LOOKING TO THE FUTURE: Ian Marshall, of the Environment Agency, shows off a white clawed crayfish taken from the beck near Cotherstone
LOOKING TO THE FUTURE: Ian Marshall, of the Environment Agency, shows off a white clawed crayfish taken from the beck near Cotherstone

A SMALL beck feeding into the River Balder, near Cotherstone, could soon play an important part in saving the UK’s only native freshwater crayfish from extinction.

Plans are afoot to turn a section of the beck into an “ark” to protect its population of white-clawed crayfish.

It is one of only a handful of streams in the River Tees catchment area where the species still exists.

Now conservation groups – including Darlington and Teesdale Naturalists' Field Club, the Environment Agency, the Tees Rivers Trust, Durham University and North Pennines AONB Partnership – are planning to working together to protect remaining populations.

The groups met at East Briscoe Farm Cottages earlier this month, to discuss the establishment of a crayfish ark nearby.

Ian Marshall, who is the Environment Agency’s white clawed crayfish conservation national lead, told the gathering that the native species came under threat following the introduction of alien species, including the signal crayfish, in the 1970s.

He blamed the Ministry for Agriculture, Fisheries and Food which had been promoting the farming of the invasive crayfish at the time.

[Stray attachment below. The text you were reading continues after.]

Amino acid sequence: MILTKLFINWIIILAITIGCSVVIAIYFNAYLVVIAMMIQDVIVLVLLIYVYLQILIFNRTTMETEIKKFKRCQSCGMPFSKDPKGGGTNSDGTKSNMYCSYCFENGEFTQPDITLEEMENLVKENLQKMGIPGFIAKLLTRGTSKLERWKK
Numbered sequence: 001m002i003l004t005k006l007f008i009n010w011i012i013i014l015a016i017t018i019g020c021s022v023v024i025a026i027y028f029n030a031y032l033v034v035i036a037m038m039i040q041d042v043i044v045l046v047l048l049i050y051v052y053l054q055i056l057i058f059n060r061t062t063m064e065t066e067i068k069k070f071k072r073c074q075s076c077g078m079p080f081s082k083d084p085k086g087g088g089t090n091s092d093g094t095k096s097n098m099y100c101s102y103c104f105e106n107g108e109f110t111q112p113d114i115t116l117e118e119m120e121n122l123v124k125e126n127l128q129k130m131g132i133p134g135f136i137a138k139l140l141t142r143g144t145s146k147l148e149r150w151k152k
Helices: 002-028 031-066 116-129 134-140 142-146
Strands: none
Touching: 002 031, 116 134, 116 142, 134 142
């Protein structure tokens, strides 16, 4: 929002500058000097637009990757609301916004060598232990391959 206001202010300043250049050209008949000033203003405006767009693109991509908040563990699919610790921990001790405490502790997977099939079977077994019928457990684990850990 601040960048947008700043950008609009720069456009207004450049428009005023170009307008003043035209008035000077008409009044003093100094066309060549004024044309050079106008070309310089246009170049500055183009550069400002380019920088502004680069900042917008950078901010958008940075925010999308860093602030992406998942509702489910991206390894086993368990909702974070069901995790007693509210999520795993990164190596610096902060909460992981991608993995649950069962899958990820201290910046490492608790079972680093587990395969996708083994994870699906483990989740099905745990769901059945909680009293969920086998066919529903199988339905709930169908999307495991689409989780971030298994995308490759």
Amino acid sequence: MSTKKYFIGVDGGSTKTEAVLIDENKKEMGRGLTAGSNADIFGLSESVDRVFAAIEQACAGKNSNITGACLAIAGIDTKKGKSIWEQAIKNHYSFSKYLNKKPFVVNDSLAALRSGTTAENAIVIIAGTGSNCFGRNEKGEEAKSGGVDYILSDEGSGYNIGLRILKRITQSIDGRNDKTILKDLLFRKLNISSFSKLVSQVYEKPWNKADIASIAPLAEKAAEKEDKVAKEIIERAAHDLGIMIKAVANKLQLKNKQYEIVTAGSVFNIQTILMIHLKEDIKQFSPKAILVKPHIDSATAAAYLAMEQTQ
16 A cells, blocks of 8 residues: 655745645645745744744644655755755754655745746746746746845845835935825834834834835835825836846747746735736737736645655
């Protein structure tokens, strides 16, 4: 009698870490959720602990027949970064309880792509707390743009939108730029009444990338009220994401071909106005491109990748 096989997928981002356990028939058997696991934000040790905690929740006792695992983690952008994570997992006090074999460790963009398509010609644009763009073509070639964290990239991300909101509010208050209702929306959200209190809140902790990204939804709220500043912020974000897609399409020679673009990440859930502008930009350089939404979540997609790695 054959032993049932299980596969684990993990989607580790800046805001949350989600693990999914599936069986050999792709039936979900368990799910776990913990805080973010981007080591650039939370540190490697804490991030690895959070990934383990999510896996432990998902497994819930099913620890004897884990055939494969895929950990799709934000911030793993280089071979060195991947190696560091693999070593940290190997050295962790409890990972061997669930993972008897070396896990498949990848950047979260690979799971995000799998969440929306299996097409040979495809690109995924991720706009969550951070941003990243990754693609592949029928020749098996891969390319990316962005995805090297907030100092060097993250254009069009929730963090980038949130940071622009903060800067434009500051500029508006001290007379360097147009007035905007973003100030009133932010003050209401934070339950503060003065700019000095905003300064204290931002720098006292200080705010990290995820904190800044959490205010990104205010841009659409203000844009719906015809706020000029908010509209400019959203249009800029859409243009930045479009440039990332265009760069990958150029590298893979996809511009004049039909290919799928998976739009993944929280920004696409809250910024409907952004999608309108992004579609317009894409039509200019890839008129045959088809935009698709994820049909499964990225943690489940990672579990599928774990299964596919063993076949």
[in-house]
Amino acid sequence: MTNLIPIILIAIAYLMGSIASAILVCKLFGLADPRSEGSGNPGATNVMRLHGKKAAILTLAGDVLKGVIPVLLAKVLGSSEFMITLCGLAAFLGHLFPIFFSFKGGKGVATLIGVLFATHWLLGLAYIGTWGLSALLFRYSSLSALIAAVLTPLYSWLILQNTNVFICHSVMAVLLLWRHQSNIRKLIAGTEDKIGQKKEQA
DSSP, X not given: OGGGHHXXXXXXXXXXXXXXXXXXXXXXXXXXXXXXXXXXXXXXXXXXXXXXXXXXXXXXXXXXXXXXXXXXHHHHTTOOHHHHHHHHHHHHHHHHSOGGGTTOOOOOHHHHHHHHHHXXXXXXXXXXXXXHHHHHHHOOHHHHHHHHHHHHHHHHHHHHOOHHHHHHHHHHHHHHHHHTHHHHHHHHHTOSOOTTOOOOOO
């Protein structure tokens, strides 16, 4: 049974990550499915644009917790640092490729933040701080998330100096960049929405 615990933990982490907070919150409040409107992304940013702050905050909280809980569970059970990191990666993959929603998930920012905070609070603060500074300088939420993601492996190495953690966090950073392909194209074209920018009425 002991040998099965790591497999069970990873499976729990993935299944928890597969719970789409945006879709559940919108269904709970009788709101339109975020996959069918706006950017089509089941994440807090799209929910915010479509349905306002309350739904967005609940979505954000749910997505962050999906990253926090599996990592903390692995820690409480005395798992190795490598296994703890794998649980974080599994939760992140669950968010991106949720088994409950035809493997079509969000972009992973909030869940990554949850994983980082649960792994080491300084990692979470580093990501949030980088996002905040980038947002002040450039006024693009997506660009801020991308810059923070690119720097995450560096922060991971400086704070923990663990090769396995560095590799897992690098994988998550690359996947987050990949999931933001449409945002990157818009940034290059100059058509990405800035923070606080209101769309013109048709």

He added that not only did the signal crayfish out-compete the British species, but it brought with it crayfish plague.

Mr Marshall said: “There is 100 per cent mortality when it gets into the white clawed crayfish population.”

He warned that something as simple as a fisherman wandering from an infected stream to an uninfected one could spread the disease.

The expert added: “It only takes one set of dirty wellies, one dirty net, to wipe out a whole population.”

Dr Martyn Lucas, of Durham University, who has been monitoring the spread of signal crayfish in Teesdale since 2011 said the species was also having an effect on fish populations, particularly on stone loach and bullhead.

He said: “Bullhead have declined by, on average, 80 per cent and at the same time the density of crayfish has gone up by 90 per cent. The bottom line is it is not a good situation to have signal crayfish and ot is important to get rid of them.”

Since his study began, signal crayfish had spread to Sudburn Beck, in Staindrop, Thorsgill Beck, at Egglestone Abbey and the River Lune, at Grassholme Reservoir.

He added: “They turned up in Grassholme reservoir and suddenly downstream the Lune is full of them. Someone, somewhere illegally released them.”

Mr Marshall said white-clawed crayfish arks need to be established in areas that are “physically, chemically and biologically remote” such as quarries, or upstream from waterfalls or dams.

Ben Lamb, of the Tees Rivers Trust, said the beck at East Briscoe had potential to be turned into an ark.

He said: “The population here is really good and if there is any way to protect that we should do it.”

Also attending the gathering was Darlington MP Jenny Chapman who was last year declared white-clawed crayfish species champion by Bug Life UK.